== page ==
There are two important pieces of information that are floating around my head that are seemingly at odds with one another:
“Sooner or later, you will need to eat your vegetables”
“Eat your dessert first”
The first was a sentence told to me as I was giving notice to the principal of the firm where I was working at the time. I got along quite well in this firm, had a terrific relationship with senior management, and they were happy to have me working in the office. When I told them I was leaving, they weren’t mad but they weren’t happy either. I explained that I was bored and I needed to find other challenges. What I was told in response has stuck with me ever since and has proved to be a pivotal piece of advice throughout my career. I was told that the prevailing opinion around the office was that when I was interested in the task at hand, everybody wanted me on their team … but when I wasn’t interested in the task at hand, I didn’t bring much value to the process.
Nobody likes hearing something like that … I know I didn’t because it wasn’t how I saw myself. This sentence was followed by “Sooner or later, you will need to eat your vegetables.”
It doesn’t take a rocket scientist to understand the message – I needed to change how I went about my business and bring the same level of dedication and focus to all the tasks I am assigned. It’s easy to dedicate yourself to the fun stuff but part of where your character is defined is how you deal with the stuff you don’t want to do. If people can tell the difference, it’s a problem – for you AND for them.
As the father of an almost 10-year-old child – my only child – there are parenting skills that I am discovering almost daily. I know that most children would much rather eat sugary stuff, hot dogs, and chicken nuggets … but as grown-ups, we know that this is not the sort of food that we want our children to be eating.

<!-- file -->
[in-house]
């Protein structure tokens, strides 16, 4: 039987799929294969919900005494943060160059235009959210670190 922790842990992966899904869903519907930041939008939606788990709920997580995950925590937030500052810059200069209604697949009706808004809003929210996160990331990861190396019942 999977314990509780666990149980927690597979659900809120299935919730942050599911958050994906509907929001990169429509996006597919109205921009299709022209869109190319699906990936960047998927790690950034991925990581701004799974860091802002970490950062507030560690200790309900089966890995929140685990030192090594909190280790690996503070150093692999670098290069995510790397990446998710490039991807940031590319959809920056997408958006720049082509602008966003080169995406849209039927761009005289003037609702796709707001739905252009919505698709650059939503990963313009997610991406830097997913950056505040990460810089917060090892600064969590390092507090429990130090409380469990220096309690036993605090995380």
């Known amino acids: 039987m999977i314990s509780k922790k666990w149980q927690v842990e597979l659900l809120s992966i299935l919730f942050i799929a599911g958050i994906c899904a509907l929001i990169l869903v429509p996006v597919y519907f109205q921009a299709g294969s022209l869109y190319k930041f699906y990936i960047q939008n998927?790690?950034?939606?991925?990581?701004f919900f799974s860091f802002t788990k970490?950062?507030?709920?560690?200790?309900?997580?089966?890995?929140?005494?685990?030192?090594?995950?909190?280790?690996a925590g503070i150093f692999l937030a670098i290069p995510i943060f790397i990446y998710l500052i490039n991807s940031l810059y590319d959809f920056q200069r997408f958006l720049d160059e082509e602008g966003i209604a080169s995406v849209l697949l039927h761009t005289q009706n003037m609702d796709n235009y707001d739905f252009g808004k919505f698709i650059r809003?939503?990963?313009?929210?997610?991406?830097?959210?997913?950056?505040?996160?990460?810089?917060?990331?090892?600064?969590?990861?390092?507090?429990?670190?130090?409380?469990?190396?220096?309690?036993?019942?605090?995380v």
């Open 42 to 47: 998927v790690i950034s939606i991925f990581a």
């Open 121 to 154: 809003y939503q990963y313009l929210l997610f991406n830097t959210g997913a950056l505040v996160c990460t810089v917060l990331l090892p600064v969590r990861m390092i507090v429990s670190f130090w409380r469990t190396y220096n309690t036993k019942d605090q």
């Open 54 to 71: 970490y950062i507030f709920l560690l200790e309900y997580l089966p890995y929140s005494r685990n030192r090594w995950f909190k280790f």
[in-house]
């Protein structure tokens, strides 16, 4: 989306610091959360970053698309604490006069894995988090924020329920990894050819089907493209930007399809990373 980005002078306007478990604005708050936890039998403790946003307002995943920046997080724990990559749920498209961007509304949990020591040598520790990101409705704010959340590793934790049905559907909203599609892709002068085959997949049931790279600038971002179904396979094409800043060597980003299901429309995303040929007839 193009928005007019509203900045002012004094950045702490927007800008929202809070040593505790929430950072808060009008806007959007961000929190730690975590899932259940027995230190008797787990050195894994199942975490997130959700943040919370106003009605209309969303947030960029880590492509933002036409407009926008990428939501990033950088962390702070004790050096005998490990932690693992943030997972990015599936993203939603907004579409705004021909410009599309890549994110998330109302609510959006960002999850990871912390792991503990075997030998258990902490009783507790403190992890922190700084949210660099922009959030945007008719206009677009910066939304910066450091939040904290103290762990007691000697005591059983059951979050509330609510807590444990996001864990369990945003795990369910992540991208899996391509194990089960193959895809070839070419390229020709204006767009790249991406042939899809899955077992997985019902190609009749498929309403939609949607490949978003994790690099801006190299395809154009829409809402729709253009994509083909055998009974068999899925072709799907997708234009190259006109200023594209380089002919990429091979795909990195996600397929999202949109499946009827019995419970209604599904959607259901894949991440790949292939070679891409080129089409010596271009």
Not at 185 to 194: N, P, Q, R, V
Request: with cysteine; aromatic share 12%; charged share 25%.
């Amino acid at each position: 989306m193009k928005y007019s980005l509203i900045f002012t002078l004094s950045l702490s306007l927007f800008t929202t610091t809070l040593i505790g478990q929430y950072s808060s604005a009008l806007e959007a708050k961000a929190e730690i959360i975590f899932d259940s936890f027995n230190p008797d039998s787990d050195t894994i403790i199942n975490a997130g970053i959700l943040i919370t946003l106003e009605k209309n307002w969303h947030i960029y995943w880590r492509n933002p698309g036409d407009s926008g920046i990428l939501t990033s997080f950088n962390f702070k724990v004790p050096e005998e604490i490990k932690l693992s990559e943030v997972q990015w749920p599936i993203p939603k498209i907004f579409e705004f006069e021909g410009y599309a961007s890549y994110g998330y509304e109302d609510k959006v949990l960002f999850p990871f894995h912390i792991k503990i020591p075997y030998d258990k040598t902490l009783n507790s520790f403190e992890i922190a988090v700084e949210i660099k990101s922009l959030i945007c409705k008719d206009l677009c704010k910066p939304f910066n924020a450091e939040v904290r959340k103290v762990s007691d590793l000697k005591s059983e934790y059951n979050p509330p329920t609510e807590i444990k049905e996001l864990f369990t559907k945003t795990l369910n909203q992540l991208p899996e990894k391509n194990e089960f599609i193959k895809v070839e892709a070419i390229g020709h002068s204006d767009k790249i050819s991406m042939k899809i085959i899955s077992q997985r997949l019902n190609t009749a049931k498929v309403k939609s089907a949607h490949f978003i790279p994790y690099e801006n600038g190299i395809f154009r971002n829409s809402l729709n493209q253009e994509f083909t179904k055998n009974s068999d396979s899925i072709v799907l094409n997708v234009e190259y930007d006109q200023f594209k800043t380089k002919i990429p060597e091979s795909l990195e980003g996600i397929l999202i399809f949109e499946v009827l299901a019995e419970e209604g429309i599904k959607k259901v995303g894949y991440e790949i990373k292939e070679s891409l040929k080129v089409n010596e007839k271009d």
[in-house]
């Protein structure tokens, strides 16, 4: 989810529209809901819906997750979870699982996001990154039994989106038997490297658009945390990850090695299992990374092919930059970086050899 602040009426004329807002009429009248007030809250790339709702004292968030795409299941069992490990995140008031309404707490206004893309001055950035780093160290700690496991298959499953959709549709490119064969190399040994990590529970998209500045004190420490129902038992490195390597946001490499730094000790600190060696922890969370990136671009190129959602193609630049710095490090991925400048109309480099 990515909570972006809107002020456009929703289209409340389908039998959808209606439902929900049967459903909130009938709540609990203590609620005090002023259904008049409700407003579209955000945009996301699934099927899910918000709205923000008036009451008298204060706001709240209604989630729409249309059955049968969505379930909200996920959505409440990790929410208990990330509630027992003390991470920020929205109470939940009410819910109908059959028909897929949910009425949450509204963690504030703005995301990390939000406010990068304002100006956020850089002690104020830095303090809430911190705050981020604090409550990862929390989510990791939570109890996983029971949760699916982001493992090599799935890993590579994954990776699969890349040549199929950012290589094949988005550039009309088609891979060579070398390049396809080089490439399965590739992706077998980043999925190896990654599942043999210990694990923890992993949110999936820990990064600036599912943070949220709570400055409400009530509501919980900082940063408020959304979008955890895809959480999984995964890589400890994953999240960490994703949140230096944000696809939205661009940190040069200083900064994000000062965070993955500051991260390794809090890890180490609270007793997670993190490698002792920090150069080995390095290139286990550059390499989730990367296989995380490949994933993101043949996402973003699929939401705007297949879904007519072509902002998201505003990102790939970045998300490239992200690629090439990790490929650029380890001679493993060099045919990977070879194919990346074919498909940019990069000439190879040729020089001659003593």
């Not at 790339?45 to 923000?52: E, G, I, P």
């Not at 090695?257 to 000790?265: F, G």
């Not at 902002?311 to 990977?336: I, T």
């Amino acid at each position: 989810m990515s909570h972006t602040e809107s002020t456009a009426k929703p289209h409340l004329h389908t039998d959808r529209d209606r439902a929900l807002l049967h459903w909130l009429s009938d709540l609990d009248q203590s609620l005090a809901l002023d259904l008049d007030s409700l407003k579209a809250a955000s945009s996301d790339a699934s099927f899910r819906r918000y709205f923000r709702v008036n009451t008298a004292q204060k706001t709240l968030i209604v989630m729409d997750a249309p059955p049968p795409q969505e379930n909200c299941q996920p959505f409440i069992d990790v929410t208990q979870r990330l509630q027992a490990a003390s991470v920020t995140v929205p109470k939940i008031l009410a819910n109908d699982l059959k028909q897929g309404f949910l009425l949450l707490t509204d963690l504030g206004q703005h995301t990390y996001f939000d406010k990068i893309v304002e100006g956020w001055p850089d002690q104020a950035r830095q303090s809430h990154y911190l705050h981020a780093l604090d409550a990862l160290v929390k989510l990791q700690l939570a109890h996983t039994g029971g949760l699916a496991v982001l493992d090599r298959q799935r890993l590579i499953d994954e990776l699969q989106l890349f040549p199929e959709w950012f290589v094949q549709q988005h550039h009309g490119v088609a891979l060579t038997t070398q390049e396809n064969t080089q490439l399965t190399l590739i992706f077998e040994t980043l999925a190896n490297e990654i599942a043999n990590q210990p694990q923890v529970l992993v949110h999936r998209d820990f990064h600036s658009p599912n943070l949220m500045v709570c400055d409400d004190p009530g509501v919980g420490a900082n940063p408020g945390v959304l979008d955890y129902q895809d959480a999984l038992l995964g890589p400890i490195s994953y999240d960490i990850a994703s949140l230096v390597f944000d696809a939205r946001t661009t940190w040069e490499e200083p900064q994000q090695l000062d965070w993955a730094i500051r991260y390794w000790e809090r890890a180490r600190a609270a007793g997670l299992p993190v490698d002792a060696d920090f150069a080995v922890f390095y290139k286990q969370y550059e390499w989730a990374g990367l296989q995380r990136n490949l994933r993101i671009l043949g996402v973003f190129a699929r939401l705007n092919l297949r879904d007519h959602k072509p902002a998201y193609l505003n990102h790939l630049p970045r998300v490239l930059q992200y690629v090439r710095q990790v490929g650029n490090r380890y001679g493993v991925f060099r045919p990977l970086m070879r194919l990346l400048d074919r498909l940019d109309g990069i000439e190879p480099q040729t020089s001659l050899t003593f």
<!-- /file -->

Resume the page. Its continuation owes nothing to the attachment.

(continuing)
Your body is a temple …
You are what you eat …
Years ago, when trying to teach myself how to get my own daughter to see the value in eating healthy foods, I read an article on the eating habits of healthy people. To summarize, the article mentioned that using desserts or sugary stuff as an incentive to get our children to eat their vegetables is a very bad thing to do. It teaches children that desserts are a reward and that healthy food is something to push through and eat just so you can get to the good stuff. The article went on to say that people who tended to eat the food they liked first generally had more balanced diets and as a result, were less likely to overeat or develop eating disorders down the road.
So which is it? Eat your vegetables or your dessert first?
These analogies can be easily applied to all sorts of life experiences and in my case, I think they are very well suited to the practice of architecture – they’ve both played a substantial role in my own personal development. There’s the things you have to do (vegetables) and then there’s the things you want to do (dessert). For me, the vegetables were the technical aspects of the practice; the project management, client development, building envelop detailing, etc. These aren’t generally considered fun to the architectural graduate right out of school (or even 4 years out of school for that matter). We all want to eat the “dessert” – nothing but design all the time. Let the boring non-creative people deal with the practical aspects of the business, they aren’t creative and we all have a role to play here …
Right? Uhm … no.
Something interesting has happened as I developed my skill set and actually learned more about being an architect and the practice of architecture. I no longer see design as the best part of being an architect, just one aspect of what I do. The distinction between the vegetables and the dessert has all but disappeared for me and I now realize that you can’t be that good of a designer if you don’t know how to build it, and you’ll never get the chance to build it if you don’t run the office in a manner that works on developing clients and maintains, educates, and motivates their staff.
There is no difference between dessert or the vegetables and the sooner you realize it – regardless of what you do for a living – the better off you’ll be.